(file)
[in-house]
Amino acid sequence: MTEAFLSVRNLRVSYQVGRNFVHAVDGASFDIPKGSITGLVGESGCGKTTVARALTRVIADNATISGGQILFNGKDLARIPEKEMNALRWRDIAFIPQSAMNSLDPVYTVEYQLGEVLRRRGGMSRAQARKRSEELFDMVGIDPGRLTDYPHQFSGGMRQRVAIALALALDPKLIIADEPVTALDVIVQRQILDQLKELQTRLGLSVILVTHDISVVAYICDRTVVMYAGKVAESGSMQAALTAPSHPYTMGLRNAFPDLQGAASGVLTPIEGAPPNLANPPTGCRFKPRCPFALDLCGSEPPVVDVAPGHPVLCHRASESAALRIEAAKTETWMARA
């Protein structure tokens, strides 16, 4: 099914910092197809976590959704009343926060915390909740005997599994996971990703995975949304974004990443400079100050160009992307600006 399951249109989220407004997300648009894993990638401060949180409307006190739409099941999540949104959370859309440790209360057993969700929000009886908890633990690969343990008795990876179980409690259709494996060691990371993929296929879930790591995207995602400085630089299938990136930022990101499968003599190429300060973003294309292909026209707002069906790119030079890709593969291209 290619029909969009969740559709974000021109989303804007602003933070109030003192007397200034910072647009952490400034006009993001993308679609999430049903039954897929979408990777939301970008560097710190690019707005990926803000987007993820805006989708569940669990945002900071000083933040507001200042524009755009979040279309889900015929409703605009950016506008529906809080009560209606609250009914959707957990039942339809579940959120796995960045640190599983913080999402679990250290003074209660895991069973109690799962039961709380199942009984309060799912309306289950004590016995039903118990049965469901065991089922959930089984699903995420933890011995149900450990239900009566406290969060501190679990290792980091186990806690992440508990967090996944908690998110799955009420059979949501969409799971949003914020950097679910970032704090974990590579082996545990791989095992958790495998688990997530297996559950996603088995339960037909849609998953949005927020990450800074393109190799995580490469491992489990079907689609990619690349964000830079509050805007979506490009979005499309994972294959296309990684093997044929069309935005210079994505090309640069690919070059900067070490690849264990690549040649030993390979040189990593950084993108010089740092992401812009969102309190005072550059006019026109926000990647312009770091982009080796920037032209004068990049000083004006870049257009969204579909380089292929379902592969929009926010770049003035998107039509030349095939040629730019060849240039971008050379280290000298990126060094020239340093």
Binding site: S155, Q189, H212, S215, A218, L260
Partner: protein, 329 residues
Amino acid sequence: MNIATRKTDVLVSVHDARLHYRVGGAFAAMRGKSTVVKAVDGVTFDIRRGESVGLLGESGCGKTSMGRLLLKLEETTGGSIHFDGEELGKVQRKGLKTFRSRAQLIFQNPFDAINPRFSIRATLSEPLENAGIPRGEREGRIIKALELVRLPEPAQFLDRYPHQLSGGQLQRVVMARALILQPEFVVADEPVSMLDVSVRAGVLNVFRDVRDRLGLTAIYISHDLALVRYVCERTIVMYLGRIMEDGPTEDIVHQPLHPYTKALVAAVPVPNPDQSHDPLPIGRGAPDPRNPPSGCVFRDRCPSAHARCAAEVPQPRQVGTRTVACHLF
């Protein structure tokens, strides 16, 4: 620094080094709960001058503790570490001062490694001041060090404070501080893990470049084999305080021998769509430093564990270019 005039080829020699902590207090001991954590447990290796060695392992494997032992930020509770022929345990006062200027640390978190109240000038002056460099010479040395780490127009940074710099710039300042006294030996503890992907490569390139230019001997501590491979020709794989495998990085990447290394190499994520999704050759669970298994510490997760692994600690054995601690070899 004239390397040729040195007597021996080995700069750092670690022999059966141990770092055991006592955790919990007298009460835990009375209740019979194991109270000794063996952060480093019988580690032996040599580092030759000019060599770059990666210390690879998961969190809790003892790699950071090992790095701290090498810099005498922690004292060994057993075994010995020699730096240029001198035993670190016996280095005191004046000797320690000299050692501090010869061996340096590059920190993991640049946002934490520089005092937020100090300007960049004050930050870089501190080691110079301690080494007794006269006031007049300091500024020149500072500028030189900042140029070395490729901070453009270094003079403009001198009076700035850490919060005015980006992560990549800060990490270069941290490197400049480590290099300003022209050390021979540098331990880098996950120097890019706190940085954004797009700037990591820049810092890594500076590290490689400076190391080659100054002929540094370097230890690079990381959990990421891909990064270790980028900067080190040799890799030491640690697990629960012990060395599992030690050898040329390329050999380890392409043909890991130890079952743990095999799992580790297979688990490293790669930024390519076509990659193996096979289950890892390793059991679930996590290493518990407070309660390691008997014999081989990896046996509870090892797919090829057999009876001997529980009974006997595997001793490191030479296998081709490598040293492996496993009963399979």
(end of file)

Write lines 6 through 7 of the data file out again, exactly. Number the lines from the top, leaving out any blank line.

Amino acid sequence: MNIATRKTDVLVSVHDARLHYRVGGAFAAMRGKSTVVKAVDGVTFDIRRGESVGLLGESGCGKTSMGRLLLKLEETTGGSIHFDGEELGKVQRKGLKTFRSRAQLIFQNPFDAINPRFSIRATLSEPLENAGIPRGEREGRIIKALELVRLPEPAQFLDRYPHQLSGGQLQRVVMARALILQPEFVVADEPVSMLDVSVRAGVLNVFRDVRDRLGLTAIYISHDLALVRYVCERTIVMYLGRIMEDGPTEDIVHQPLHPYTKALVAAVPVPNPDQSHDPLPIGRGAPDPRNPPSGCVFRDRCPSAHARCAAEVPQPRQVGTRTVACHLF
């Protein structure tokens, strides 16, 4: 620094080094709960001058503790570490001062490694001041060090404070501080893990470049084999305080021998769509430093564990270019 005039080829020699902590207090001991954590447990290796060695392992494997032992930020509770022929345990006062200027640390978190109240000038002056460099010479040395780490127009940074710099710039300042006294030996503890992907490569390139230019001997501590491979020709794989495998990085990447290394190499994520999704050759669970298994510490997760692994600690054995601690070899 004239390397040729040195007597021996080995700069750092670690022999059966141990770092055991006592955790919990007298009460835990009375209740019979194991109270000794063996952060480093019988580690032996040599580092030759000019060599770059990666210390690879998961969190809790003892790699950071090992790095701290090498810099005498922690004292060994057993075994010995020699730096240029001198035993670190016996280095005191004046000797320690000299050692501090010869061996340096590059920190993991640049946002934490520089005092937020100090300007960049004050930050870089501190080691110079301690080494007794006269006031007049300091500024020149500072500028030189900042140029070395490729901070453009270094003079403009001198009076700035850490919060005015980006992560990549800060990490270069941290490197400049480590290099300003022209050390021979540098331990880098996950120097890019706190940085954004797009700037990591820049810092890594500076590290490689400076190391080659100054002929540094370097230890690079990381959990990421891909990064270790980028900067080190040799890799030491640690697990629960012990060395599992030690050898040329390329050999380890392409043909890991130890079952743990095999799992580790297979688990490293790669930024390519076509990659193996096979289950890892390793059991679930996590290493518990407070309660390691008997014999081989990896046996509870090892797919090829057999009876001997529980009974006997595997001793490191030479296998081709490598040293492996496993009963399979």